Shorebirds, Pacific Northwest
The Spotted Sandpiper is around 17 cm long. During breeding, it has dark bars on brown above and heavy round, black spots below, the bill is pink at the base and its legs are pinky orange. It turns pale gray-brown with white underparts in the fall and winter.
It has brownish patches on the sides of the breast and a white eyebrow. The bill turns dark; the legs turn a dull greenish yellow or flesh color. The juveniles look like the adults but have dark edges to the feathers on the back and wings.
The female spotted sandpiper is more aggressive than the male and practices polyandry and mates with more than one male. She may lay up to 5 clutches with various males. Each male incubates the eggs for her while she seeks yet another mate. The males take care of all the parental tasks and the female defends the territories of all of her males.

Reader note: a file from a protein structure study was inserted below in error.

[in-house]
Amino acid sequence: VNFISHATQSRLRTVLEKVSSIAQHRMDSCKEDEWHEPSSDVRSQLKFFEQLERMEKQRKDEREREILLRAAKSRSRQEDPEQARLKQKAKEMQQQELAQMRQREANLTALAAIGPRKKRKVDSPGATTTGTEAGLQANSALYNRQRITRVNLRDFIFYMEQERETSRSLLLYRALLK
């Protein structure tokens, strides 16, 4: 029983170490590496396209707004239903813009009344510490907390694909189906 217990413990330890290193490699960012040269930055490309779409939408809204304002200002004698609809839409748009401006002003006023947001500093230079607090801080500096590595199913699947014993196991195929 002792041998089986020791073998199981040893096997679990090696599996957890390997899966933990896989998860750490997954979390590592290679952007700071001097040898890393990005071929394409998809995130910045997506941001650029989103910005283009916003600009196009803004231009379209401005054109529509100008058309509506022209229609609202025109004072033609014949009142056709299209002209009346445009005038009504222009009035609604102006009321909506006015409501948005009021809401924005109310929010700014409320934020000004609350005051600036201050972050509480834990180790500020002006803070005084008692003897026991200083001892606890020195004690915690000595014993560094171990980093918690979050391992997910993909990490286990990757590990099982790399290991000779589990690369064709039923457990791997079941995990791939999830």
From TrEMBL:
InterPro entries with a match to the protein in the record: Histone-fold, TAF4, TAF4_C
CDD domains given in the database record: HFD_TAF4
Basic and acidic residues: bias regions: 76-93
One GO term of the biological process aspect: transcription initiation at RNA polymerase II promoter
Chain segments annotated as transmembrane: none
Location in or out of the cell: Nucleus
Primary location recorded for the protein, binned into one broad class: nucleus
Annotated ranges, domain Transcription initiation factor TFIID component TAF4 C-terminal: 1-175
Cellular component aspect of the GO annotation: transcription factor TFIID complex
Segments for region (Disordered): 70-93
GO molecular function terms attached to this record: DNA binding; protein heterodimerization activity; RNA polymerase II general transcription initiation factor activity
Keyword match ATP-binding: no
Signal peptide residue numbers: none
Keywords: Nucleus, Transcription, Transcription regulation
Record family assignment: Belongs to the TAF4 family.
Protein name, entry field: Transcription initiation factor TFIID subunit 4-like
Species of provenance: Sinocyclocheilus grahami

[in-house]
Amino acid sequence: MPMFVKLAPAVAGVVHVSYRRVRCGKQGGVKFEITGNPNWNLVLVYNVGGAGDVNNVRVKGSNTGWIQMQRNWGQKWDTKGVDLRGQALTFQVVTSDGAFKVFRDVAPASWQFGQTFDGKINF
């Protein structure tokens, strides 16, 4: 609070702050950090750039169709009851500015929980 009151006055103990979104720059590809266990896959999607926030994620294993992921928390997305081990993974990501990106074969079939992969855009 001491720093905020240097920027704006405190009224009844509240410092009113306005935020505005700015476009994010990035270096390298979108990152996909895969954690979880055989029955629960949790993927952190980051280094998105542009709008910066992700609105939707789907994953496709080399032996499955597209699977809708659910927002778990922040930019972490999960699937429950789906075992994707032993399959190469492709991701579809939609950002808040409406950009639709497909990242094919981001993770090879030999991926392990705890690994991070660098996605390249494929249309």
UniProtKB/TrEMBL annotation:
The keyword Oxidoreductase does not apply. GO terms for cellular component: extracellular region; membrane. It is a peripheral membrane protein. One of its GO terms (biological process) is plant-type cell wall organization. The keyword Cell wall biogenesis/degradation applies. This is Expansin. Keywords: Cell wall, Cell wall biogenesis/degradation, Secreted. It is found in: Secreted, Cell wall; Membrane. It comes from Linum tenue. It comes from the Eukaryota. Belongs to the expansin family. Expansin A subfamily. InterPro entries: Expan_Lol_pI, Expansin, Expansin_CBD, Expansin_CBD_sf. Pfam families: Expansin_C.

The spotted sandpiper has a wide range of habitats; it is common in freshwater habitats and can be found at lakes, rivers, and ponds in suburban areas as well as the Alaskan tundra. It can be found singly or in pairs walking near fresh water throughout North and South America. It forms small flocks during migration and winters in Central and South America.
The spotted sandpiper bobs its tail constantly and even when standing teeters obsessively. The teetering will stop when the bird is alarmed, courting or aggressive. When the bird is nervous, the teetering is faster. Only its wing tips flutter when it flies and it will usually go only a few yards and then stop. The head is bowed below the body when it flies.
The female spotted sandpiper will choose a temperate region for breeding; the longer season this allows her to raise more than one brood. The male incubates the eggs for 3 weeks. When the chicks hatch, they have feathers and are ready to find their own food, but the father usually stays with them for the first few weeks and teaches them where to find food. The chicks will teeter soon after they hatch. They are able to fly within 20 days.